Holding onto an escalator handrail is a sensible safety measure that tests show can cause risks to users’ health.
So said the results of a test commissioned by Apple Daily, who used the Hong Kong Standards and Testing Centre to undertake a cleanliness test on handrails in four shopping malls and four MTR stations in the city on 14 and 15 August.
Results of the tests showed that after touching escalator handrails the total bacterial count on a person’s hands can be as much as 70 times higher than before, Apple Daily reported.
A colony-forming unit, or CFU, is used in microbiology to measure the number of bacteria or fungal cells in a sample. Prior to collecting data in this exercise reporters disinfected their hands, meaning their hands registered fewer than 10 CFUs.
Test results showed that escalator handrails registered 700 CFU at the Sha Tin MTR station in the New Territories, and 680 CFU were detected on handrails at the APM shopping mall in Kowloon’s Kwun Tong.
New Town Plaza, a shopping mall in Sha Tin recorded 460 CFU while the five other locations tested, including Mong Kok MTR station, Causeway Bay MTR station, Times Square mall in Causeway Bay, Langham Place in Mong Kok and Kwun Tong MTR station recorded readings of between 75 and 95 CFU.
Dr Cheng Chi-man said that bacteria on handrails could include cocci from the intestine, which can cause gastroenteritis if people do not wash their hands properly before eating.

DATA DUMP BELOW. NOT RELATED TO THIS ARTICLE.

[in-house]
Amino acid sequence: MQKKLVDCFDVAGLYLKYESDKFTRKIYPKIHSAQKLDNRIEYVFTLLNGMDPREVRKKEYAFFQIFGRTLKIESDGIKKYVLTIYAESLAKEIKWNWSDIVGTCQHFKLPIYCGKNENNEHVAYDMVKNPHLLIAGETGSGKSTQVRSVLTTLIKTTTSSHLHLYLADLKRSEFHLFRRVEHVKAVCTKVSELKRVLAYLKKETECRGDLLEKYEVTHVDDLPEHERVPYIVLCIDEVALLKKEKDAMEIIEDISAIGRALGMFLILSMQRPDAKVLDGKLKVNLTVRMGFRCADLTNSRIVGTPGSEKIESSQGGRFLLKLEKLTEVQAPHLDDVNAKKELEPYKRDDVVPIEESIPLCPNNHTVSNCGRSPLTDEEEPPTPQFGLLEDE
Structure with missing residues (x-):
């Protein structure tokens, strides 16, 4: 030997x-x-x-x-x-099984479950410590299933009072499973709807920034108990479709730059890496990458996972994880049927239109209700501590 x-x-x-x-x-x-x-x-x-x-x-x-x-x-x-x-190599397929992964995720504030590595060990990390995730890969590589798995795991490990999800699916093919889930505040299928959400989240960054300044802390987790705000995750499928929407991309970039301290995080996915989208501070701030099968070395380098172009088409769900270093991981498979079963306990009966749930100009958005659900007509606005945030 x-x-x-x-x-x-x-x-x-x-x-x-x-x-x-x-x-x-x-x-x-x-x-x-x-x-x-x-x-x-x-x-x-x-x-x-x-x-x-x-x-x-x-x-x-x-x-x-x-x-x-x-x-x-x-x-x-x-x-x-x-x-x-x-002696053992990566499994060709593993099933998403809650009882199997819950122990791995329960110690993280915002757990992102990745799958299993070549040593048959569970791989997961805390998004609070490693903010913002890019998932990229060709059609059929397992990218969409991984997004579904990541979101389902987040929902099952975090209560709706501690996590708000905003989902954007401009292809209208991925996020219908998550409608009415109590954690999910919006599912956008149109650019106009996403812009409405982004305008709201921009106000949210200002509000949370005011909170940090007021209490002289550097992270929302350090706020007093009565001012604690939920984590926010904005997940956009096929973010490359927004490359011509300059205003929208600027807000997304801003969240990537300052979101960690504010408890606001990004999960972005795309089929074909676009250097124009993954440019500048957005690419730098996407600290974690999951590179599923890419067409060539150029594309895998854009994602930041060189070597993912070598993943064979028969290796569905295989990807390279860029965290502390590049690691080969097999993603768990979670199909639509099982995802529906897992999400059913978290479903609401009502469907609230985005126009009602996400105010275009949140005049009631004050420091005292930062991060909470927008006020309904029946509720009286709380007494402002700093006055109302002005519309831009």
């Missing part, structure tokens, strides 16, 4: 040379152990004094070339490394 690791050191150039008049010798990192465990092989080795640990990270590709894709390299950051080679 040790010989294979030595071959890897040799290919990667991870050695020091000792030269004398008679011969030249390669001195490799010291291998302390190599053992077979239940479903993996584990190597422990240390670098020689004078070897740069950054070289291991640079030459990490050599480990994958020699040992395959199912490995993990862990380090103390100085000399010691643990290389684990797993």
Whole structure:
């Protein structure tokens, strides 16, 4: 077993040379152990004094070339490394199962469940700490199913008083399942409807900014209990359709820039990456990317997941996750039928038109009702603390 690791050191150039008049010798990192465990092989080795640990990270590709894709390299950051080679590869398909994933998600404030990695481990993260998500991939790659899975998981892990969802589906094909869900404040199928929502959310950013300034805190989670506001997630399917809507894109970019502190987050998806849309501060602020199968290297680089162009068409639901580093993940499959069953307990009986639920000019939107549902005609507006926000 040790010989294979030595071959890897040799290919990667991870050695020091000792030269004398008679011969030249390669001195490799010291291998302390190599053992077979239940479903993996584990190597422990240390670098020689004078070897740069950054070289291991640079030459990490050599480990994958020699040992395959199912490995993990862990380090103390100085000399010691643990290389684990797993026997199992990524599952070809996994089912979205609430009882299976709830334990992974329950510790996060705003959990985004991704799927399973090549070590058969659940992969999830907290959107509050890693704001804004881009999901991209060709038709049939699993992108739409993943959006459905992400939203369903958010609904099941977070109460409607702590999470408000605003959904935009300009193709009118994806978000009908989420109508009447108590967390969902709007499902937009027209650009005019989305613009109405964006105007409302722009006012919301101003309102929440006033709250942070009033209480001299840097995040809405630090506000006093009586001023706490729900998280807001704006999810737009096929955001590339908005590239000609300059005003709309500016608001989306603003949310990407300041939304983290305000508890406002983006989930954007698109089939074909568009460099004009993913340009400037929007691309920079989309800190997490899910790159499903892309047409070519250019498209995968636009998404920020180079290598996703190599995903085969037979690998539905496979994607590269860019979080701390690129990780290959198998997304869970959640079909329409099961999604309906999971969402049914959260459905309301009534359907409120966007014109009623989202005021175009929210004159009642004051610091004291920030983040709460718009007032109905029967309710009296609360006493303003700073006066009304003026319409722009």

Bacteria picked up in such a way could easily be transmitted to personal belongings, including a mobile phone or tablet. Dr Cheng advised people not to touch their mouth, nose or eyes after making contact with handrails that other people frequently come into contact with.
The MTR Corp said in a statement that it cleaned stations and train compartments regularly. The spokespersons from APM shopping mall and New Town Plaza said they clean and disinfect escalator handrails every day but would increase the frequency when it was necessary.
The report appears incomplete or rather misleading. No biologically free air exists. Human being themselves shed millions of squame or microbial carrying particles. Although some of the microbes are are indeed harmful to human, a host of them are useful for our day-to-day living. That’s the reason why many indoor air quality standards and/Or guidelines provides threshold limits for microbial intensity. For instance, ICOP (2010) specifies 500 cfu/m3 and 1000 cfu/m3 as respective thresholds for bacteria and fungi. Further, excess of microbial counts over the thresholds *"…does not necessarily imply health risk but serve as an indicator for further investigation."*
Hence the reported findings is insufficient to imply an health risk without the identification of the microbial species.
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